New Technologies in Assistive Care

By Chris and Laurie Kemp, CSAs

Senior Care Housing Assistive Devices Twin Cities MNA recent article in the Huffington Post discussed how technology may change aging in the next 10 years. There are many technologies already helping seniors stay independent longer. These technologies generally help seniors to accomplish tasks and stay safe in their home, whether it is a house, a condo or an apartment.

These technologies currently include things like:

  • Pill dispensers that will call someone if pills are missed
  • Fall detectors that know if you just sat down or fell down
  • Activity sensors that can notify someone if your eating habits change
  • GPS devices that can help track someone who suffers from dementia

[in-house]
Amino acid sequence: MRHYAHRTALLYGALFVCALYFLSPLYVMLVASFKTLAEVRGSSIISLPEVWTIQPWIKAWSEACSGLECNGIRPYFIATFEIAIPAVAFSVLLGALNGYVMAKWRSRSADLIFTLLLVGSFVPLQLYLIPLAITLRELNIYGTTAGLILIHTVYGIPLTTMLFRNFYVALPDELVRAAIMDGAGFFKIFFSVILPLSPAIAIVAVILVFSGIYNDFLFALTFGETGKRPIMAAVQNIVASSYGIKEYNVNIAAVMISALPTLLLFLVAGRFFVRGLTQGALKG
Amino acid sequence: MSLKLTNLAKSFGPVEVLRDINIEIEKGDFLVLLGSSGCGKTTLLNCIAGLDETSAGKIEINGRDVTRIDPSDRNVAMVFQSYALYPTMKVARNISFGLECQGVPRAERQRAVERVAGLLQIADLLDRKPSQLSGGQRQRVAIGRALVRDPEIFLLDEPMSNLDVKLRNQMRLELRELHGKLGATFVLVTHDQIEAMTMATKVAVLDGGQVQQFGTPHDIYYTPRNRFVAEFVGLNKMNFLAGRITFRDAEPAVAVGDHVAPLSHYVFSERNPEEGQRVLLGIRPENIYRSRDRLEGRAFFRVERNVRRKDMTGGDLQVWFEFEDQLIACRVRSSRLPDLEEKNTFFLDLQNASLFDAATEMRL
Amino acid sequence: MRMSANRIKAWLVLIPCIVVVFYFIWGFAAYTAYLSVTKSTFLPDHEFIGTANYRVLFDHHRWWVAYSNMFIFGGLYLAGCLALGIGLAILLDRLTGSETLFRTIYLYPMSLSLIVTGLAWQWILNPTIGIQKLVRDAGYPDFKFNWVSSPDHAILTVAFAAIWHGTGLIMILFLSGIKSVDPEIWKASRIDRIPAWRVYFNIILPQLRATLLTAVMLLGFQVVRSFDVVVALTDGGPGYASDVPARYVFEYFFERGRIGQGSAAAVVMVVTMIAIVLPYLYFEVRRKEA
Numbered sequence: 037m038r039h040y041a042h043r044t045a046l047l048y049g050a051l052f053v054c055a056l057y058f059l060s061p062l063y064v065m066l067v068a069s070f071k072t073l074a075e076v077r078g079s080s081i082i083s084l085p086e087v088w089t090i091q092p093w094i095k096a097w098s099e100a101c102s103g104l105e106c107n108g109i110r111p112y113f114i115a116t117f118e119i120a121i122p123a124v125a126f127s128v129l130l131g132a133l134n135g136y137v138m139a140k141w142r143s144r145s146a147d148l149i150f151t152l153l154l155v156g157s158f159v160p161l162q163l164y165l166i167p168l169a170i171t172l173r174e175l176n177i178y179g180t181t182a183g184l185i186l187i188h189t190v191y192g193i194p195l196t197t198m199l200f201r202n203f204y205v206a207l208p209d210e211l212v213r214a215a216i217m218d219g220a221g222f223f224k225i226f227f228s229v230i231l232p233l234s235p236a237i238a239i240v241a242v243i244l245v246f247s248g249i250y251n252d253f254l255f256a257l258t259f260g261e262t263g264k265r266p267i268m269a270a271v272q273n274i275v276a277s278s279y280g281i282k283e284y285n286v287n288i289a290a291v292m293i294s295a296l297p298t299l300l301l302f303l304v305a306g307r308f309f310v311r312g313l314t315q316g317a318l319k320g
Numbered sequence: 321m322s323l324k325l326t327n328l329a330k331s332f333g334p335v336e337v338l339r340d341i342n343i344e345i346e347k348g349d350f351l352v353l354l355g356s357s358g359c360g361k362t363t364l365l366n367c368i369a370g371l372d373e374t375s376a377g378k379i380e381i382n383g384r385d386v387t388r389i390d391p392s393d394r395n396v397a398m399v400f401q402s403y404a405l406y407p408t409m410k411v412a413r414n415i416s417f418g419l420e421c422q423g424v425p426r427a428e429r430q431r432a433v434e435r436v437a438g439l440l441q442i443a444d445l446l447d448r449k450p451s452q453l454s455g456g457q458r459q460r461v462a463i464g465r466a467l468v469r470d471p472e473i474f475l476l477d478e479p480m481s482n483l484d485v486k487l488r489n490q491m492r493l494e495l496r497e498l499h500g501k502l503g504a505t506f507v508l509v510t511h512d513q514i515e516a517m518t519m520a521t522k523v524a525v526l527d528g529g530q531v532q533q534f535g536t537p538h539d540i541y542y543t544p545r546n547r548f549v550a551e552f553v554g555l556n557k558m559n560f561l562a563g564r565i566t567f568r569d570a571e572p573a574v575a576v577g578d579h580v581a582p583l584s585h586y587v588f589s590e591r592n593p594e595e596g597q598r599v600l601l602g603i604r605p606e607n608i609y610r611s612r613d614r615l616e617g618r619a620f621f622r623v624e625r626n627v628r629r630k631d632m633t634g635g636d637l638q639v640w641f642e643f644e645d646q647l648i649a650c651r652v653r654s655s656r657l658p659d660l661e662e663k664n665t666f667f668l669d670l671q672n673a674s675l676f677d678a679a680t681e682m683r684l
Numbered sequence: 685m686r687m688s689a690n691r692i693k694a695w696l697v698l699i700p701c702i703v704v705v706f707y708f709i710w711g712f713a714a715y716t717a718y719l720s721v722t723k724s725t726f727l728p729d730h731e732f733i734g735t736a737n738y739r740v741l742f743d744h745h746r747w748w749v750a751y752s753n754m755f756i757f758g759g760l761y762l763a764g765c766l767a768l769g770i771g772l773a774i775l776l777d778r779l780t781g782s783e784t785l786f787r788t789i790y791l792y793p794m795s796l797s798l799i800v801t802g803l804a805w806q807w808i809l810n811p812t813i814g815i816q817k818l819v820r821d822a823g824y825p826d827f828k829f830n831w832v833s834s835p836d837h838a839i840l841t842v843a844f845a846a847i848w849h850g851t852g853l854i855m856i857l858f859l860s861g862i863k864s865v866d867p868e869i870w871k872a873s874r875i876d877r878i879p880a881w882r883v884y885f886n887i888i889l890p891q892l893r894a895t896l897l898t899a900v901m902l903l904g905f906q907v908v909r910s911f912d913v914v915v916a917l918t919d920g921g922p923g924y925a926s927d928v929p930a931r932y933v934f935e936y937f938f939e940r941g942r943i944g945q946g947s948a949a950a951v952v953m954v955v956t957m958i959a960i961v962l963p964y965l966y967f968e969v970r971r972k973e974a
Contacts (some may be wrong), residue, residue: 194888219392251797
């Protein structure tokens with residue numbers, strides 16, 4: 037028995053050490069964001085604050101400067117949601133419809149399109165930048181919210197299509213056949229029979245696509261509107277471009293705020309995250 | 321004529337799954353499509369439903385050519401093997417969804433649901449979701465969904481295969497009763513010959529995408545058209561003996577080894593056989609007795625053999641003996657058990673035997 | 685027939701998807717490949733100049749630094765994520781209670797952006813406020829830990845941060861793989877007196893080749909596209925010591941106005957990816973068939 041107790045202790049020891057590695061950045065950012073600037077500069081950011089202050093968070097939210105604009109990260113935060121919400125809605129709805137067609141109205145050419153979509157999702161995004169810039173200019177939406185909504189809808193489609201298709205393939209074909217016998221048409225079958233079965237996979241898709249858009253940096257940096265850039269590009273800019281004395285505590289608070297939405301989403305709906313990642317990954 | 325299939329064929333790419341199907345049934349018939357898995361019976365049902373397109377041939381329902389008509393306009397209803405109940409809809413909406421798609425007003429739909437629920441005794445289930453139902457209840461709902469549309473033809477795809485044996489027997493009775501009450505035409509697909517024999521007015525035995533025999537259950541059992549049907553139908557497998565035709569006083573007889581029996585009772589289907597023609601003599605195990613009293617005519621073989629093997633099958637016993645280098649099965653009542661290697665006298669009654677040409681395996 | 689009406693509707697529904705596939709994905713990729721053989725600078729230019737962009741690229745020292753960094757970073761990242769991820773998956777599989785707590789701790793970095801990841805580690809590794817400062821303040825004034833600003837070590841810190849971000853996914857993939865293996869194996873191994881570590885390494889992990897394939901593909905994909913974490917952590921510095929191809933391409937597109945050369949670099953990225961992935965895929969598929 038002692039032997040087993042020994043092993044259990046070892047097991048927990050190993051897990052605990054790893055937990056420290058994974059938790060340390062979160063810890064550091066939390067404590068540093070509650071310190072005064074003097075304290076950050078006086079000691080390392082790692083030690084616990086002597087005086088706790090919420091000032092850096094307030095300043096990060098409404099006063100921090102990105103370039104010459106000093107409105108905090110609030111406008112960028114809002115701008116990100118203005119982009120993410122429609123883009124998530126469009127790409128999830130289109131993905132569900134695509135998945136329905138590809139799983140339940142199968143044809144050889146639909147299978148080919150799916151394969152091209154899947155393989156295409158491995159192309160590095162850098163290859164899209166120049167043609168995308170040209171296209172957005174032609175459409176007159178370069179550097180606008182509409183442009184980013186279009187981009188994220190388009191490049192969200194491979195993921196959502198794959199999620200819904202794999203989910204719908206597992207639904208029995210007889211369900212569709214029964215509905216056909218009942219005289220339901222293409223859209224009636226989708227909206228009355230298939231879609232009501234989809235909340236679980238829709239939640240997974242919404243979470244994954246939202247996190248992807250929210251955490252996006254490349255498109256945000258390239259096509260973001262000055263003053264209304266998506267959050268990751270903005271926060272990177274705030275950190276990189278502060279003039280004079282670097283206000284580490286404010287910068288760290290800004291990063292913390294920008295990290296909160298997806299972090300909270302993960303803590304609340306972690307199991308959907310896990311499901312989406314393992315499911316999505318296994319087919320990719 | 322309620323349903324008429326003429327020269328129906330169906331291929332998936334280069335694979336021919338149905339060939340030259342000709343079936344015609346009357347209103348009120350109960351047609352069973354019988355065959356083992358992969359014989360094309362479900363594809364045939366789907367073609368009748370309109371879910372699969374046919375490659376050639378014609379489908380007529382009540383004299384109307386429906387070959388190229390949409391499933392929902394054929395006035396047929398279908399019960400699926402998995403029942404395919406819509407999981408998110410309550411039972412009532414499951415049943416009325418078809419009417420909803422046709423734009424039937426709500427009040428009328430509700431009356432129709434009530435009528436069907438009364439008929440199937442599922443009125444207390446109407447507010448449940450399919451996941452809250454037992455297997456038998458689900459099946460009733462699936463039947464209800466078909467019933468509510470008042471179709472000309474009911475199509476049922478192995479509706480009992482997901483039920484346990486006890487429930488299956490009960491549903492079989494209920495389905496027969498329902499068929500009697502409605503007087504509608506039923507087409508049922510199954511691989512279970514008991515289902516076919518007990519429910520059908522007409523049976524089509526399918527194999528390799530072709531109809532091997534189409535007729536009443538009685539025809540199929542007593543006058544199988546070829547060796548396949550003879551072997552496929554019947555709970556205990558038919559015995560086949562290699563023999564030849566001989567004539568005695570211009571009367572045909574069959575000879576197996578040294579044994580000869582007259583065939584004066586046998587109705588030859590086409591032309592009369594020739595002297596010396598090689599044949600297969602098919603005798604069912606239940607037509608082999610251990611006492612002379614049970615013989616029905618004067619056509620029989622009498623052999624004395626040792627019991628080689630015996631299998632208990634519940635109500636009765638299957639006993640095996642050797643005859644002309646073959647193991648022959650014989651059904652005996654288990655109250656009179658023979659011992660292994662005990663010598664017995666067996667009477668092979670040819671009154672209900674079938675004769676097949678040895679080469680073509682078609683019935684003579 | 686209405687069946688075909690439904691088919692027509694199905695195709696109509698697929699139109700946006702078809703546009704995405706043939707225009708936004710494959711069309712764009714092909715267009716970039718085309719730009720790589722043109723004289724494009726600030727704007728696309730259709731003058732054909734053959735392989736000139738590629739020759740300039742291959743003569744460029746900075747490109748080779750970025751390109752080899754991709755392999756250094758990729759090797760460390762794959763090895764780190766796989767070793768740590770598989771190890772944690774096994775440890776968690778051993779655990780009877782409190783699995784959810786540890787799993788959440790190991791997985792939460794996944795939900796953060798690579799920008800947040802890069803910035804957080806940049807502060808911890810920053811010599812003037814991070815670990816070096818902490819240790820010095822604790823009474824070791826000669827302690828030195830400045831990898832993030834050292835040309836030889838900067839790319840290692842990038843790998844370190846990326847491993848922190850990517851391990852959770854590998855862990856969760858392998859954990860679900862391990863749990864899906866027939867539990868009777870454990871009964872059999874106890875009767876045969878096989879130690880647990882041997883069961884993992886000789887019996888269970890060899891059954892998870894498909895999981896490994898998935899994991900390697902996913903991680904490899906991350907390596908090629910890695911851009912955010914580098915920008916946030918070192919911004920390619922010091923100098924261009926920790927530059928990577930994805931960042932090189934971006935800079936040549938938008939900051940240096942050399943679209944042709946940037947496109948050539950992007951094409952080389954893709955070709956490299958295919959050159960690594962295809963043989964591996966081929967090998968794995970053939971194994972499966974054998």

• And many more

These technologies have been around for sometime, however, there are new ones on the horizon. There has been much work around cars that drive themselves. These along with signs that will communicate with the car and tell you where you are could be a boon to aging drivers.

When we were growing up, doctors used to do house calls. While that is unlikely to come back, using Skype and other video calls, you could have a doctor’s visit without leaving your home. This is a technology that is already in use in remote locations.

There are technologies from the simple to the complex on the horizon. On the simple side are handbags that have LED lights in them and menus the have LED lights on them. Both make it easier to find things in low light situations. On the complex side there are robots. While the wide use of robots maybe a ways off, they are testing ones that can help people get out of bed and transfer to a wheelchair.

Our goal as we age is to stay as independent as we can for as long as we can. New and old technologies can assist us in doing that.

Huffington Post link: http://www.huffingtonpost.com/2015/05/04/10-ways-technology-could-change-aging_n_7155100.html

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